Why these three LIV players are likely to lose their first legal battle
Talor Gooch, Matt Jones and Hudson Swafford want to compete in the FedEx Cup Playoffs.
Beth Labson Freeman will decide if they can.
Freeman is a federal judge in Northern California, and at a hearing scheduled for Tuesday afternoon, she will weigh a request from the three players for a temporary restraining order that would allow their participation in the PGA Tour’s season-ending playoff series, which begins this week in Memphis, Tenn.
Gooch, Jones and Swafford all qualified for the playoffs based on FedEx Cup points, but they have since been suspended by the Tour for signing on with competitor LIV Golf.
With their petition for a temporary restraining order, or TRO, the three are asking to have their suspensions lifted.
Gooch, Jones and Swafford are also part of a group of 11 LIV pros who filed suit against PGA Tour last week, alleging that the Tour is acting unlawfully in levying suspensions against golfers who have joined the rival Saudi-backed circuit.
That case has the prospect of dragging on for years.
Gooch, Jones and Swafford are seeking government intervention now, through a petition that amounts to a request for “extraordinary action,” according to Craig Seebald, a partner and antitrust specialist with international law firm Vinson & Elkins.
“Asking a judge to step in and stop something while a case is playing out is not an everyday request,” Seebald says. “For them to seek something like this on day six of a lawsuit is pretty extraordinary.”
For their request to be granted, the plaintiffs will have to meet a robust legal standard, Seebald said. For starters, they will need to show that their case has the likelihood of succeeding on its merits. They will also have to demonstrate that they will suffer “immediate” and “irreparable” injury without relief, and that the harm they stand to endure outweighs any injury a TRO would inflict on the Tour. Lastly, they will have to show that a TRO is in the public interest.
Proving immediate and irreparable harm is a high bar to begin with, Seebald said.
“With a TRO, you’re basically saying, ‘the patient is on life support, and if we don’t do something now, something dire is going to happen,’” Seebald said.
Examples of recent federal cases that have triggered TROs have included such front-page headline issues as vaccine mandates in the military and bans on specific immigrant groups.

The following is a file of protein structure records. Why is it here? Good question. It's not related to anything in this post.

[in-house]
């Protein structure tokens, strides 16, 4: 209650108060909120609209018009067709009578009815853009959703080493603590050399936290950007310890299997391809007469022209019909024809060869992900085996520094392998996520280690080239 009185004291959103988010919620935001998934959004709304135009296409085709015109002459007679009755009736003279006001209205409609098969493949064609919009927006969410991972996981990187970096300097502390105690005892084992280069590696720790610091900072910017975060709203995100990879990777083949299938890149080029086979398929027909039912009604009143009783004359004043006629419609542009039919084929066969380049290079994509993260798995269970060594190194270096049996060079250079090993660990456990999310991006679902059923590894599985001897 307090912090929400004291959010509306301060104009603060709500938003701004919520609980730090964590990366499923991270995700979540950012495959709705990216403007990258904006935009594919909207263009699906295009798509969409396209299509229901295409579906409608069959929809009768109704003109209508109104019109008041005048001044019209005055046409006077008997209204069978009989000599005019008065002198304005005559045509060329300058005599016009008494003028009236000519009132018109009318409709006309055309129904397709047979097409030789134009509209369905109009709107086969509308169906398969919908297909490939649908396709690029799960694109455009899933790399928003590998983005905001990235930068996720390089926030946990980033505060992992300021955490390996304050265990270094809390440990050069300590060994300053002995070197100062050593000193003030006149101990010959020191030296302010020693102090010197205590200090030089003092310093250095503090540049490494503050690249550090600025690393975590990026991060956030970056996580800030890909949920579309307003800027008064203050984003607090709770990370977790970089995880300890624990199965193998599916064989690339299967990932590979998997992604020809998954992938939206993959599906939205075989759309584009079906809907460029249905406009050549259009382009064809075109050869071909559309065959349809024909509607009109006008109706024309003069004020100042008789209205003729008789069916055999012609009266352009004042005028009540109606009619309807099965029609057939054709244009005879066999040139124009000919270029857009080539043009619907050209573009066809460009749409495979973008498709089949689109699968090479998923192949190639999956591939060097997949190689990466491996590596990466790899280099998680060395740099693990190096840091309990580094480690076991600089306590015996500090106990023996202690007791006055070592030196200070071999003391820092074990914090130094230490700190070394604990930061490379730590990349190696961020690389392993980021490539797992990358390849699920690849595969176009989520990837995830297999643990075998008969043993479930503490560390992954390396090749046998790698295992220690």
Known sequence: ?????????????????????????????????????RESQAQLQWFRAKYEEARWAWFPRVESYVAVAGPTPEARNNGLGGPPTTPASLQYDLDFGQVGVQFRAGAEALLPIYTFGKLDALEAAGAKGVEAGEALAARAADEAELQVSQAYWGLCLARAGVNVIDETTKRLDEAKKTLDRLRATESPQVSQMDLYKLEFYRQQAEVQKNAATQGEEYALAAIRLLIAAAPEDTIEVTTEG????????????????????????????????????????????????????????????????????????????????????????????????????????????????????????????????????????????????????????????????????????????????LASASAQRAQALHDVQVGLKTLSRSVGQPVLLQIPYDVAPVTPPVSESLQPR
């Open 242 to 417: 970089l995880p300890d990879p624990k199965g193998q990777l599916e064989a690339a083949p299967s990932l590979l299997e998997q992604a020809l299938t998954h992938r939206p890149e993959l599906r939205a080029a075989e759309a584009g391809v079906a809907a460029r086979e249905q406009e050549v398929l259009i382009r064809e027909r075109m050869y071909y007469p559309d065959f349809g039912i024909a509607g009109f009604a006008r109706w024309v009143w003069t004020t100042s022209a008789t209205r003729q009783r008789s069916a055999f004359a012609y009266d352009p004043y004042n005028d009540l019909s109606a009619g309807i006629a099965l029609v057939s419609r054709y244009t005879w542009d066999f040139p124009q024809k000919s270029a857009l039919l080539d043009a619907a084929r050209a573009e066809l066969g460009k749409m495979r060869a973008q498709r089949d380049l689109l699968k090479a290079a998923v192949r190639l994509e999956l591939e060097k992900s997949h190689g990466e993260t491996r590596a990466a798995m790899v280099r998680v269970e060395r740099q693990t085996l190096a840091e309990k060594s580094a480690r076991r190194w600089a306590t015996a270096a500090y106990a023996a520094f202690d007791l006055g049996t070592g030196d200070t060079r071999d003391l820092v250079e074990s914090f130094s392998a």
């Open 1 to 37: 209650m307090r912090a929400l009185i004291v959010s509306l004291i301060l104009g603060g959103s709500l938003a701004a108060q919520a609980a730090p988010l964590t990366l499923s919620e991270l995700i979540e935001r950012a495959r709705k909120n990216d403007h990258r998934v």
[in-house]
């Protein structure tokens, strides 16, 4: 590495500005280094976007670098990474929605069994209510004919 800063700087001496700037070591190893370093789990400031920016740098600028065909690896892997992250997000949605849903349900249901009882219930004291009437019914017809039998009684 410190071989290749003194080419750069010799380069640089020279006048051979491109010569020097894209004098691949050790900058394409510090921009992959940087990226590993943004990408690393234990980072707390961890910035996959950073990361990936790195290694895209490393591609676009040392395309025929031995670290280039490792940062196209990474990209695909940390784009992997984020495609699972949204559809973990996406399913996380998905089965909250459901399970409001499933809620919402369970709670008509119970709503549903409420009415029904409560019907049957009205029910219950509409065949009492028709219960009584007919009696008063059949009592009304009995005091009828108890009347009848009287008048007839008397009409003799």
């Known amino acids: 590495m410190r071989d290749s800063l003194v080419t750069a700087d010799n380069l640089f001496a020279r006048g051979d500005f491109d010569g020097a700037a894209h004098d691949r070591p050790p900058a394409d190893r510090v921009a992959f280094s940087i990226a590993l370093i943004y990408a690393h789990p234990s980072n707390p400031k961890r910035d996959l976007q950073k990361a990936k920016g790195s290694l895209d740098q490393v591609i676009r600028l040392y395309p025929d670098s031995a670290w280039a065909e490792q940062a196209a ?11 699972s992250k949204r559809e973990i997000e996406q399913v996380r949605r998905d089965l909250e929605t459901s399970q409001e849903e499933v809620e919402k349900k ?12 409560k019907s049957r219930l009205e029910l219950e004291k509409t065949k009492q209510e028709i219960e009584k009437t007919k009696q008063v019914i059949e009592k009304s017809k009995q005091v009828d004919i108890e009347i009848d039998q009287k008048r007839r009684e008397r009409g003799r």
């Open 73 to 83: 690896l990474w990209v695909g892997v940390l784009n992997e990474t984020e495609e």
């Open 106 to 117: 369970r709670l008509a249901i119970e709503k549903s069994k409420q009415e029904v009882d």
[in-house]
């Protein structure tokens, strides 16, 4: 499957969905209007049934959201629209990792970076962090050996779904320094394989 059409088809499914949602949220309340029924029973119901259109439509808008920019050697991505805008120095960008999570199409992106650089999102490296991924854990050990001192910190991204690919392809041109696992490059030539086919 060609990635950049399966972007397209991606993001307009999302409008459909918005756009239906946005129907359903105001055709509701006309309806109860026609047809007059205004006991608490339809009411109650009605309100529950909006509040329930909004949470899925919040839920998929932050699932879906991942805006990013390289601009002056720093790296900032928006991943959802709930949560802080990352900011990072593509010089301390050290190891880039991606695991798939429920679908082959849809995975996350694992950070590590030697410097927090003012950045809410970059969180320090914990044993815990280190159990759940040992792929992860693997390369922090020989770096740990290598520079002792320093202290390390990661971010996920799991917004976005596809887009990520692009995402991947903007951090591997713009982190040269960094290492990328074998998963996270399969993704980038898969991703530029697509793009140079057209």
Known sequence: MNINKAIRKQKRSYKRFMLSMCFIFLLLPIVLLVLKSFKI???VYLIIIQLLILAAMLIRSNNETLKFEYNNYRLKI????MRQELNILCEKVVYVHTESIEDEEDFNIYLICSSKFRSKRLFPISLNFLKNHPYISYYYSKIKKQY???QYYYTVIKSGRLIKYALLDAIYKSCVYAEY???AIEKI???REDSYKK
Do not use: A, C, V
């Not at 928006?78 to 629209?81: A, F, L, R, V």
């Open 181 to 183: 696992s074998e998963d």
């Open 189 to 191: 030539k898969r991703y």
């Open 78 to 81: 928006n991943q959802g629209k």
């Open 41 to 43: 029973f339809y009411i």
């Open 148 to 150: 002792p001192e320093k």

In general, Seebald said, issues like “immigration, health care and abortion generate TROs. Not rich golfers.”
In the United Kingdom last month, Ian Poulter and two other LIV golfers who’d been suspended by the DP World Tour, had their suspensions lifted by a non-profit appeals board, allowing them to compete in the Genesis Scottish Open. But the legal landscape is different across the pond, and, Seebald said, a judge here “will not care what happened in Scotland.”
Whether the golfers’ larger antitrust suit against the Tour is likely to succeed is another matter, one that the judge would likely rather see resolved over time in the courts, Seebald said.
“I think what’s she likely to say is, ‘It seems like there are reasonable arguments on both sides, so let’s take this to discovery,’” Seebald said. “She’s going to be balancing a number of factors, but I think where she is going to come down is, ‘You’re basically asking me to clear the way for you to play in a couple of more events, and I have a hard time getting involved.’”
Seebald said the judge is also likely to question the timing of the players’ request.
“I can see her saying, you’ve known about these suspensions for a while now, why are you just coming to me now?” Seebald said.
That same point was hammered home by the Tour on Monday in its own court filing responding to last week’s lawsuit. With its request for a TRO, the Tour’s filing read, the plaintiffs “have waited nearly two full months to seek relief from the Court, fabricating an ‘emergency’ they now maintain requires immediate action.”
Also on Monday, LIV Golf CEO Greg Norman issued a statement reiterating LIV’s position that the players, as independent contractors, should have a right to compete where and when they choose.
“I believe all players — whether they choose to play with LIV or the PGA Tour — understand and appreciate the purpose and importance of the players legal actions, across the globe. The PGA Tour is trying to cast this as ‘us’ against ‘them.’ The players know better.”
Norman has said that LIV will support the players in what are almost certain to be protracted court battles. As for the TRO, that matter should be resolved much sooner, according to Josh Davis, a professor at the University of California, Hastings College of Law, and a leading scholar on antitrust procedure. Davis said he expects the judge to issue a decision quickly, either from the bench at the close of the hearing, or shortly after.
Like Seebald, Davis believes the chance of a TRO being granted is slim.
“The general rule is, Any chance? Anything’s possible,” Davis said.
“Realistic chance? Nope.”
Tuesday’s hearing is scheduled for 1 p.m. PT at the U.S. District Court for California’s Northern District, in San Jose. If Gooch, Jones and Swafford hope to be on the course in Memphis this week, they’ll have to beat long odds in the courthouse first.